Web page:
The money available for grinds, and parental attitudes to education in general (checking homework, insisting on good results etc) are the real differentiators when it comes to education in this country. The kids in a school in a poor area have all the same access to education, but none of the engagement and none of the funds to top up with grinds.

Neither kids going on to 3rd level education, nor even academic results, are accurate performance measures for a school in an affluent area, or for private schools.

Private schools have all the same educational issues as public schools, it’s just that the parents have the extra cash to provide outside-of-school extra education, whereas my mother’s pupils, for example, are asleep in class after collecting glasses in a nightclub until 3am because their parents expect them to hand up money at home just because they can work legally.

What parents paying for private schools get for their money is avoiding some of the social issues that can occur in a school in a deprived area.

The system stinks, I agree, but you can’t tinker with it at this point because:

  1. It will mean higher public costs for education
  2. If you pull state subvention from private schools, they will be able to pay teachers what they want and you’ll genuinely then have a difference in teaching quality, as they pull top teachers in the way that genuinely private schools like Bruce College can do now.
  3. You will end up with worse teacher-pupil ratios in public schools, to make up for the increased costs.

#252

That is an interesting way of framing it. Surely people aren’t entitled to x euors for the education of their children, instead children are entitled to an education?

Personally I think that private schools should not be funded in any way by the state. If schools want to engage in segregation then they should do so without state aid. I actually don’t have issue with it costing more to the state, if that was the case. I think in the interests of equality, children should have equal access to any part of the secondary education sector that receives state funding. If you wish to go down the private route then you pay the full amount.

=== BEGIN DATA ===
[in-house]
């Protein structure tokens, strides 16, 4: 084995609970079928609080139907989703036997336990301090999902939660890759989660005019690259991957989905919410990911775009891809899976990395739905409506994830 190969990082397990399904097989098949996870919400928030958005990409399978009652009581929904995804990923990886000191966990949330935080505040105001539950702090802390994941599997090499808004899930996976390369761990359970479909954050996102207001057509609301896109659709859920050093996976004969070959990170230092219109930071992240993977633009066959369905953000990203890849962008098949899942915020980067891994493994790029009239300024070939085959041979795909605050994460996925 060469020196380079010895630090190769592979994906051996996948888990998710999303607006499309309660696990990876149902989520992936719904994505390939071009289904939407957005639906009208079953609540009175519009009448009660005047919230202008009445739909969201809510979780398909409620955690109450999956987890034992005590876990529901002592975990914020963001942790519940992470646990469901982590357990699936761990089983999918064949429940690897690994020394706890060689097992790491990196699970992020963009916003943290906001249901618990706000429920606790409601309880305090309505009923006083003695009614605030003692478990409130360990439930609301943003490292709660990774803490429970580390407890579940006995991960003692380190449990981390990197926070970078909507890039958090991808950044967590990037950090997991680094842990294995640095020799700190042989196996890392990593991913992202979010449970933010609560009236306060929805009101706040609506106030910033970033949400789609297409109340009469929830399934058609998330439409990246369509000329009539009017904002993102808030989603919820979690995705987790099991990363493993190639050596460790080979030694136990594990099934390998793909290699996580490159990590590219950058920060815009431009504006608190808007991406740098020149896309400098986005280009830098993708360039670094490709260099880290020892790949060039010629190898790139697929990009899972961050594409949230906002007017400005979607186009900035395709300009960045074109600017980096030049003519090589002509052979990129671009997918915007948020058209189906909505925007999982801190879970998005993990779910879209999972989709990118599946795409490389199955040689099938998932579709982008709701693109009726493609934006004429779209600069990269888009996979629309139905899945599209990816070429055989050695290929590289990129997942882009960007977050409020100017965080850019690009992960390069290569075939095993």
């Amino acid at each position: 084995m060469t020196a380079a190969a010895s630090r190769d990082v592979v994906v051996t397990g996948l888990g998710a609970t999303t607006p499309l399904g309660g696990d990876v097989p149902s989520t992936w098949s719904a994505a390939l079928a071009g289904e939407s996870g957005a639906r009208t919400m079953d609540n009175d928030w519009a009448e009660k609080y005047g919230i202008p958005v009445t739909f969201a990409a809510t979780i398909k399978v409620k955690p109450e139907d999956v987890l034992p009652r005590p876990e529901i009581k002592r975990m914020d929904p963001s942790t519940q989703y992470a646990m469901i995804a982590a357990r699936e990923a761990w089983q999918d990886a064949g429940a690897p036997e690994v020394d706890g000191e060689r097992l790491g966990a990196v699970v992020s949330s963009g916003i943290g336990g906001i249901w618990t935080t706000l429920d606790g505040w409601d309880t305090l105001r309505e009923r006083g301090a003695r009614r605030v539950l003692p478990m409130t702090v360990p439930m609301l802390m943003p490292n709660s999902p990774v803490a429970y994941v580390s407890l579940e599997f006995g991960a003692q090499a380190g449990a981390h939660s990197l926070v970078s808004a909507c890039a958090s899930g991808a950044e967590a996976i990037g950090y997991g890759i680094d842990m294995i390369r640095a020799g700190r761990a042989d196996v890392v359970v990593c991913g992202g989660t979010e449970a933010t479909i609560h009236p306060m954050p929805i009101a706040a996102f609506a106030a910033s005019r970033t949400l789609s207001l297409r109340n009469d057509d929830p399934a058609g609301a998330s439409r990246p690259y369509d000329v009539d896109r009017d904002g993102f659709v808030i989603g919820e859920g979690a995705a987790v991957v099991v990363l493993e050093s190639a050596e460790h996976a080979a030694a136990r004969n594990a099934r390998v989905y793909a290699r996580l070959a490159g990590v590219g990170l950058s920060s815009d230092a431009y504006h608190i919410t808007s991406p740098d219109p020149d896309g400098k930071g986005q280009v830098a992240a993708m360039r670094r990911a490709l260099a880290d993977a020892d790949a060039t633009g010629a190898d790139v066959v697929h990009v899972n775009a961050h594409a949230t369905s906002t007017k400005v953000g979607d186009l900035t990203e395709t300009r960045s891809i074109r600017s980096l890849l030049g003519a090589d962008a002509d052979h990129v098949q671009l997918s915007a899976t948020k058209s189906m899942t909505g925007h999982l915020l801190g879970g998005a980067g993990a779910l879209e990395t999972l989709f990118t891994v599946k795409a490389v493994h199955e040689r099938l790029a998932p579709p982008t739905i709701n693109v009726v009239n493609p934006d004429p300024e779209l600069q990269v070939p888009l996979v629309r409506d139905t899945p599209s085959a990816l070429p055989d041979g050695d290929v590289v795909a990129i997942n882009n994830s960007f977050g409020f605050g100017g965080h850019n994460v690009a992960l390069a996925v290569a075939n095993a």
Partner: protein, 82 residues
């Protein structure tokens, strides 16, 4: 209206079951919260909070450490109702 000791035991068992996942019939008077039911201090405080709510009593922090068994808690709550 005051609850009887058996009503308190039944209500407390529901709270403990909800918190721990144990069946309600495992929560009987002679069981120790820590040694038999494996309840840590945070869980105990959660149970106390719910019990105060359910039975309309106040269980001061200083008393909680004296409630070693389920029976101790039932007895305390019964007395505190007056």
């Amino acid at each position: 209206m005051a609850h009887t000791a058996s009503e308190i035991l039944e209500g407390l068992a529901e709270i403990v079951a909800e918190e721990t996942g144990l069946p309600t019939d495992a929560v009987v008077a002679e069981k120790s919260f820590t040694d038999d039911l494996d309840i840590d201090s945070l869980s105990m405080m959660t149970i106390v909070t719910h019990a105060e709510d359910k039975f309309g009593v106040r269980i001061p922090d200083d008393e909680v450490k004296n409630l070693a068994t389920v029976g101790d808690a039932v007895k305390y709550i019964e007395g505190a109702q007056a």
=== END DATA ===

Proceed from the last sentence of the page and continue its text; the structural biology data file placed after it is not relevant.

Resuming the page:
#253

Yep, I won’t sing one of our old rugby songs lest you think it elitist :wink:

I agree with you on the points of the facilities, and of the expectation of further education. When one spoke to a classmate about post-secondary-school, you invariably assumed 3rd level education. There is certainly a fostering of expectations which can lead to a drive in the pupils. Again to compare and contrast with my mother’s experience teaching in a disadvantaged area, she’s had parent’s with their eyes popping out of their heads at the notion of their kid being good enough for college.

We probably need to do away with points and/or foster education in disadvantaged areas and provide 20% fully funded places in college for kids from disadvantaged backgrounds. They say you can lead the horse to water but you can’t make him drink - but I’d like to take some Irish parents and half drown them in the trough until they get a clue about how education really differs for other families: by the attitude at home.


#254

Do any of the private schools offer a longer school year? that’s something that I would pay money for.
huffingtonpost.com/howard-st … 46232.html

Plus means that the facilities you pay for (swimming pools, sports fields, cyclotrons, whatever) get used more by the pupils.


#255

No, and it seems in my limited experience that the “private” school actually have a shorter school year but longer hours.


#256

Withdrawing state funding where segregation is tolerated would be fine by me, whether that is gender, language, religion or any other difference.